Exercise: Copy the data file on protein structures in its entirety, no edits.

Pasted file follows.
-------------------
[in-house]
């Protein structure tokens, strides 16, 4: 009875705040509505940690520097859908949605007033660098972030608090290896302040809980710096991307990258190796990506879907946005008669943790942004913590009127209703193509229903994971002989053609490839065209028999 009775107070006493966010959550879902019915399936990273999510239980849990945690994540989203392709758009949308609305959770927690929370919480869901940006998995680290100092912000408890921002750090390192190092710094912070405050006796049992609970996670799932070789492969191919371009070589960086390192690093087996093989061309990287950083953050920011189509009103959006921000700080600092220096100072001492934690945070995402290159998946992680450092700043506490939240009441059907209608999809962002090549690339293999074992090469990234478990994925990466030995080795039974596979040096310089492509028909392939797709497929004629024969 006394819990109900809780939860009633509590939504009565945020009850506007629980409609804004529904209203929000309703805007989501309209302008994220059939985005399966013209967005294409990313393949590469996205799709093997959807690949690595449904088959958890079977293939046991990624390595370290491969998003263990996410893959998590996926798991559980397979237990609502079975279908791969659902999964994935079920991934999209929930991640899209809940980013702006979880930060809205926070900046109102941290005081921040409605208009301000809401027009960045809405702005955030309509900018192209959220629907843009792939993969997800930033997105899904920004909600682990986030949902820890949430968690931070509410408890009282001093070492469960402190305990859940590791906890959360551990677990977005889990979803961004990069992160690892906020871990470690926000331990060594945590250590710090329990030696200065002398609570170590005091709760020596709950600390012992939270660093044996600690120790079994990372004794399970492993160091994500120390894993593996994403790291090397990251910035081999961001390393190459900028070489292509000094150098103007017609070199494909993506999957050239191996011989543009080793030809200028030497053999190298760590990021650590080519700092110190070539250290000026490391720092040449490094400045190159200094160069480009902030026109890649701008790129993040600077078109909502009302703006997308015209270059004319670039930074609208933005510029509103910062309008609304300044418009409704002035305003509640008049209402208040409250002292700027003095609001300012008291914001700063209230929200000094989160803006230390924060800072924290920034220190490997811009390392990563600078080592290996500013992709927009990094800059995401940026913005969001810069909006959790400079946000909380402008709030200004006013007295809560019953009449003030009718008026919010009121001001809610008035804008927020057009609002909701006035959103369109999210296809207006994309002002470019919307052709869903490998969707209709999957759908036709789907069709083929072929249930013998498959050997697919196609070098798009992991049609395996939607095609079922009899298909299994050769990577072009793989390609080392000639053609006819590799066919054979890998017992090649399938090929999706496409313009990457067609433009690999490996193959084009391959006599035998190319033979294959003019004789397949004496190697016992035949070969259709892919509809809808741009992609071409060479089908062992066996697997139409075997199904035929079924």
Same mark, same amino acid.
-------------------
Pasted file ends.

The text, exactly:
[in-house]
């Protein structure tokens, strides 16, 4: 009875705040509505940690520097859908949605007033660098972030608090290896302040809980710096991307990258190796990506879907946005008669943790942004913590009127209703193509229903994971002989053609490839065209028999 009775107070006493966010959550879902019915399936990273999510239980849990945690994540989203392709758009949308609305959770927690929370919480869901940006998995680290100092912000408890921002750090390192190092710094912070405050006796049992609970996670799932070789492969191919371009070589960086390192690093087996093989061309990287950083953050920011189509009103959006921000700080600092220096100072001492934690945070995402290159998946992680450092700043506490939240009441059907209608999809962002090549690339293999074992090469990234478990994925990466030995080795039974596979040096310089492509028909392939797709497929004629024969 006394819990109900809780939860009633509590939504009565945020009850506007629980409609804004529904209203929000309703805007989501309209302008994220059939985005399966013209967005294409990313393949590469996205799709093997959807690949690595449904088959958890079977293939046991990624390595370290491969998003263990996410893959998590996926798991559980397979237990609502079975279908791969659902999964994935079920991934999209929930991640899209809940980013702006979880930060809205926070900046109102941290005081921040409605208009301000809401027009960045809405702005955030309509900018192209959220629907843009792939993969997800930033997105899904920004909600682990986030949902820890949430968690931070509410408890009282001093070492469960402190305990859940590791906890959360551990677990977005889990979803961004990069992160690892906020871990470690926000331990060594945590250590710090329990030696200065002398609570170590005091709760020596709950600390012992939270660093044996600690120790079994990372004794399970492993160091994500120390894993593996994403790291090397990251910035081999961001390393190459900028070489292509000094150098103007017609070199494909993506999957050239191996011989543009080793030809200028030497053999190298760590990021650590080519700092110190070539250290000026490391720092040449490094400045190159200094160069480009902030026109890649701008790129993040600077078109909502009302703006997308015209270059004319670039930074609208933005510029509103910062309008609304300044418009409704002035305003509640008049209402208040409250002292700027003095609001300012008291914001700063209230929200000094989160803006230390924060800072924290920034220190490997811009390392990563600078080592290996500013992709927009990094800059995401940026913005969001810069909006959790400079946000909380402008709030200004006013007295809560019953009449003030009718008026919010009121001001809610008035804008927020057009609002909701006035959103369109999210296809207006994309002002470019919307052709869903490998969707209709999957759908036709789907069709083929072929249930013998498959050997697919196609070098798009992991049609395996939607095609079922009899298909299994050769990577072009793989390609080392000639053609006819590799066919054979890998017992090649399938090929999706496409313009990457067609433009690999490996193959084009391959006599035998190319033979294959003019004789397949004496190697016992035949070969259709892919509809809808741009992609071409060479089908062992066996697997139409075997199904035929079924």
Same mark, same amino acid.